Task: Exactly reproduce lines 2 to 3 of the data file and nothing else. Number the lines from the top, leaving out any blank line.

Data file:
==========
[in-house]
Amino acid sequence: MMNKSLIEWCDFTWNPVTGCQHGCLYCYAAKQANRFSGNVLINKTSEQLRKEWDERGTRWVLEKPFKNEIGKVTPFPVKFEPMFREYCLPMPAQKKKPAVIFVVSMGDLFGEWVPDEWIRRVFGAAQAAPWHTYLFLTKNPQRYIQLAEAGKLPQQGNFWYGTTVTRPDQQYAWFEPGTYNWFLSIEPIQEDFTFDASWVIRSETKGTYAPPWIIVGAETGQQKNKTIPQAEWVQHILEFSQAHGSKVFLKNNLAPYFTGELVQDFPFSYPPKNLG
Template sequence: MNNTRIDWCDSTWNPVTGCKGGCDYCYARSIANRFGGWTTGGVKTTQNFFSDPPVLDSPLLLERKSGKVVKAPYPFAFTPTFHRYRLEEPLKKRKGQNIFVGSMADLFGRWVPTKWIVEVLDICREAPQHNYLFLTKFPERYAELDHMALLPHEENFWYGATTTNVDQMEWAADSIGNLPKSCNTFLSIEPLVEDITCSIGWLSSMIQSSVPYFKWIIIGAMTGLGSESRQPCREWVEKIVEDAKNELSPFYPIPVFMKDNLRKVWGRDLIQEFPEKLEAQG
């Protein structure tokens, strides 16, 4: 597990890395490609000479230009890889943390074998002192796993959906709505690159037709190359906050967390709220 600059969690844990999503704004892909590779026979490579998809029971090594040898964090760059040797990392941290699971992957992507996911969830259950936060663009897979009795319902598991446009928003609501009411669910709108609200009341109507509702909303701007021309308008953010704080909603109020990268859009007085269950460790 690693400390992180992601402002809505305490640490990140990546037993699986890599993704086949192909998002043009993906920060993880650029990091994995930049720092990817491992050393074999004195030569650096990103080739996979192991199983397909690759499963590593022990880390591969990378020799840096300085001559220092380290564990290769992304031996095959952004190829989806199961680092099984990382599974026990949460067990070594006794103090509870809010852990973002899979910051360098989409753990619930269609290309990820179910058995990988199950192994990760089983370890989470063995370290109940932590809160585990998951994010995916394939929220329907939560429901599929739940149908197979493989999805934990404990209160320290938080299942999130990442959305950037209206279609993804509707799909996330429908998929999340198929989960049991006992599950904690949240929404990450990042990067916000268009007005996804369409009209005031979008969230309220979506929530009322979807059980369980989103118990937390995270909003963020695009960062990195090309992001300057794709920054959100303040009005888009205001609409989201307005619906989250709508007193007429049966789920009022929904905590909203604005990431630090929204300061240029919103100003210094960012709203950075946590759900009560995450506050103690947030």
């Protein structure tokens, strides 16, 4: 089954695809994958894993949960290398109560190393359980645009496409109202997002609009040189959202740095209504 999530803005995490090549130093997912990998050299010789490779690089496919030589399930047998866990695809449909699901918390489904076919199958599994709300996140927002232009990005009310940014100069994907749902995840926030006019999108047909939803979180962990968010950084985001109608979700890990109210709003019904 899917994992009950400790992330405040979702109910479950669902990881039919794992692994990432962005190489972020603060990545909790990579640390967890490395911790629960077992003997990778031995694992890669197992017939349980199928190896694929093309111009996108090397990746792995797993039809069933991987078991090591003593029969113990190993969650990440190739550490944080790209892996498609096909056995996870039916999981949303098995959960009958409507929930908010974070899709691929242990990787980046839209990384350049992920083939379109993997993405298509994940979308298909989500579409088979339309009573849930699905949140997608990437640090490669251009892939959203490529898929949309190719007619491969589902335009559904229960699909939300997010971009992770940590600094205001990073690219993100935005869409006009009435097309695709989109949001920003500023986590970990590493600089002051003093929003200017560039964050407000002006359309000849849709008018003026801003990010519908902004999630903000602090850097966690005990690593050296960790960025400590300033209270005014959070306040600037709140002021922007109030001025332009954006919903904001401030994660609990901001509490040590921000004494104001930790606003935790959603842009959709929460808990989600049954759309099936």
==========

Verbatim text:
Amino acid sequence: MMNKSLIEWCDFTWNPVTGCQHGCLYCYAAKQANRFSGNVLINKTSEQLRKEWDERGTRWVLEKPFKNEIGKVTPFPVKFEPMFREYCLPMPAQKKKPAVIFVVSMGDLFGEWVPDEWIRRVFGAAQAAPWHTYLFLTKNPQRYIQLAEAGKLPQQGNFWYGTTVTRPDQQYAWFEPGTYNWFLSIEPIQEDFTFDASWVIRSETKGTYAPPWIIVGAETGQQKNKTIPQAEWVQHILEFSQAHGSKVFLKNNLAPYFTGELVQDFPFSYPPKNLG
Template sequence: MNNTRIDWCDSTWNPVTGCKGGCDYCYARSIANRFGGWTTGGVKTTQNFFSDPPVLDSPLLLERKSGKVVKAPYPFAFTPTFHRYRLEEPLKKRKGQNIFVGSMADLFGRWVPTKWIVEVLDICREAPQHNYLFLTKFPERYAELDHMALLPHEENFWYGATTTNVDQMEWAADSIGNLPKSCNTFLSIEPLVEDITCSIGWLSSMIQSSVPYFKWIIIGAMTGLGSESRQPCREWVEKIVEDAKNELSPFYPIPVFMKDNLRKVWGRDLIQEFPEKLEAQG